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US-CHICAGO-SIRPORT

Fear and Loathing in Chicago

Six lessons learned after a long weekend in the Windy City.

Photo by KAMIL KRZACZYNSKI/AFP via Getty Images

The whole point of a wedding—at least in theory—is to get it all right the first and only time. That goes for everything: the food, the music, the venues, and of course: the bachelor party.

I’ve recently completely that latter leg of my wedding process.

If you were one of the exactly two people (myself being the other) who noticed that there was no Monday Morning Brushback article yesterday, it’s because I spent this past weekend in Chicago celebrating my bachelor party. A group of my very best friends hit the Windy City to commemorate your favorite OTM writer tying the knot this September with Missy Mo Peña.

You may have also noticed that a certain baseball team based in Boston was in Chicago this weekend—once you recall that, you’d understand why we went to the Midwest.

Did it all go right? Well, no—but actually, yes. This post is a bit of a stream of consciousness, so you’ve been warned of any potential ramblings. . . not that I don’t usually ramble on here anyways, but I digress.

Overall, the weekend was spectacular. We hit the Wrigley Rooftops on Friday for that Red Sox victory over the Cubs. Trust me: if you ever get the chance to do the Wrigley Rooftops, take it. That’s the first lesson of this tale. It’s quite the experience. Food and drinks are all included, there are no lines for the bathroom, and if you pick the right rooftop it gives you an awesome view of the Friendly Confines.

Yet this post isn’t about Friday night at the ballpark, or any other part of exploring the city. Oh, if only it were that simple.

No, it’s a tale of pits and peaks; making the most of shitty situations, if you will.

My dad, my two uncles, and myself were all set to head back to Boston Sunday afternoon. We got through security at O’Hare International Airport with quite enough time to spare and with no issues—routine stuff before a flight. By chance, we bumped into two of my buddies who were hopping on our flight (key word is our flight; more on that later) and we all decided to grab a few drinks to pass the time.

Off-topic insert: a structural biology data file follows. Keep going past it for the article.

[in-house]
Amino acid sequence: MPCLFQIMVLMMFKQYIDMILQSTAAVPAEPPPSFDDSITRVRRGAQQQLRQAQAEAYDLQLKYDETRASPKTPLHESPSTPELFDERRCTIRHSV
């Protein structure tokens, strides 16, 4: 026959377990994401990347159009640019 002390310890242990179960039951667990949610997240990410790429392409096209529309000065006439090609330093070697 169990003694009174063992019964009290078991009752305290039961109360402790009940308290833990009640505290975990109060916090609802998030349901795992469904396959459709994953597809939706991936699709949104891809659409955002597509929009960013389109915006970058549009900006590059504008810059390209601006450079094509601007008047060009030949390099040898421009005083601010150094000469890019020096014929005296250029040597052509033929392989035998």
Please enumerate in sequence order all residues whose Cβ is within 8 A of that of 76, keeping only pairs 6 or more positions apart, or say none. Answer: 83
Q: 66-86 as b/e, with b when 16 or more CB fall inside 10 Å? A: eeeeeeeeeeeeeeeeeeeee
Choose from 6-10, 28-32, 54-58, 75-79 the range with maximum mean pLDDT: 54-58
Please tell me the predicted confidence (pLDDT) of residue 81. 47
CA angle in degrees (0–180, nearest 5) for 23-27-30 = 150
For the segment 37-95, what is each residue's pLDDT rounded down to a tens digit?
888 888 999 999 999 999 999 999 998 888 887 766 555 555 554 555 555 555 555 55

In my experience, airplane delays are not one-off things, as one hiccup usually leads to another. Our 3 p.m. flight first became a 3:30 p.m. flight, as Boston was experiencing some nasty weather. I already half expected another kickback, so I wasn’t shocked when we got another change to 4 p.m. Whatever—more NBA Summer League and golf for me to watch at the bar, I suppose.

You know the old saying “bad things come in threes,” right? That’s the second lesson of this tale. That saying is 100% true.

I took a sip of another over-priced brew right as one of my friends starts cackling laughing upon seeing another notification from American Airlines. Our plane, unfortunately, tweeted something racist a decade ago and had been cancelled as a result. No additional delay, no rerouting, nothin’. Just no more flight.

My friend’s reaction to this news is your third lesson today: sometimes, a situation gets to be so fucking stupid that all you can do is laugh. Realizing what is and is not in your control and reacting in line with those realities is an important trait to possess.

We soon came to the collective realization that the only things left to do were to stay on the ball for any updates from American, keep sluggin’ those brews, and to name random baseball players. Shout out to the group that I was with, because there truly is no more quintessential “Dudes Rock” experience than naming random ballplayers from years past. Todd Van Poppel! Lyle Overbay! Darren Oliver! Ted Lilly! Shea Hillenbrand! The Molinas not named Yadier! It was like playing an endless game of Immaculate Grid.